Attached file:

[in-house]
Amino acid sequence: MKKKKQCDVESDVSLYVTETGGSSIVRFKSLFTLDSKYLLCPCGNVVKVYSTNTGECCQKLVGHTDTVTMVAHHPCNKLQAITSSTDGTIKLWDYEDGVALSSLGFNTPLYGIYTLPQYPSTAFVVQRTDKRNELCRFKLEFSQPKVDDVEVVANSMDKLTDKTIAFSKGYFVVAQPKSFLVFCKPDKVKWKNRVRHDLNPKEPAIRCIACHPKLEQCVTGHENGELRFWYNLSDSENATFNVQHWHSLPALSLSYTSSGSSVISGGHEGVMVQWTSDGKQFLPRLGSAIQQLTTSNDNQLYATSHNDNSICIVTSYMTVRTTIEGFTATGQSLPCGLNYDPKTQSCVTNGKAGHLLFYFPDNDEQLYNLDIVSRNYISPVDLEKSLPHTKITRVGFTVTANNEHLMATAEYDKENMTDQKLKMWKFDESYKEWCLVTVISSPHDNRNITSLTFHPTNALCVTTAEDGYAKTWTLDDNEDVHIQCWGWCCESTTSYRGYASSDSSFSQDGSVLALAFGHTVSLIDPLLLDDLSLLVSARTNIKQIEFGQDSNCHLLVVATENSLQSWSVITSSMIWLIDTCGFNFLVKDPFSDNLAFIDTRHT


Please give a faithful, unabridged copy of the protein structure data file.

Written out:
[in-house]
Amino acid sequence: MKKKKQCDVESDVSLYVTETGGSSIVRFKSLFTLDSKYLLCPCGNVVKVYSTNTGECCQKLVGHTDTVTMVAHHPCNKLQAITSSTDGTIKLWDYEDGVALSSLGFNTPLYGIYTLPQYPSTAFVVQRTDKRNELCRFKLEFSQPKVDDVEVVANSMDKLTDKTIAFSKGYFVVAQPKSFLVFCKPDKVKWKNRVRHDLNPKEPAIRCIACHPKLEQCVTGHENGELRFWYNLSDSENATFNVQHWHSLPALSLSYTSSGSSVISGGHEGVMVQWTSDGKQFLPRLGSAIQQLTTSNDNQLYATSHNDNSICIVTSYMTVRTTIEGFTATGQSLPCGLNYDPKTQSCVTNGKAGHLLFYFPDNDEQLYNLDIVSRNYISPVDLEKSLPHTKITRVGFTVTANNEHLMATAEYDKENMTDQKLKMWKFDESYKEWCLVTVISSPHDNRNITSLTFHPTNALCVTTAEDGYAKTWTLDDNEDVHIQCWGWCCESTTSYRGYASSDSSFSQDGSVLALAFGHTVSLIDPLLLDDLSLLVSARTNIKQIEFGQDSNCHLLVVATENSLQSWSVITSSMIWLIDTCGFNFLVKDPFSDNLAFIDTRHT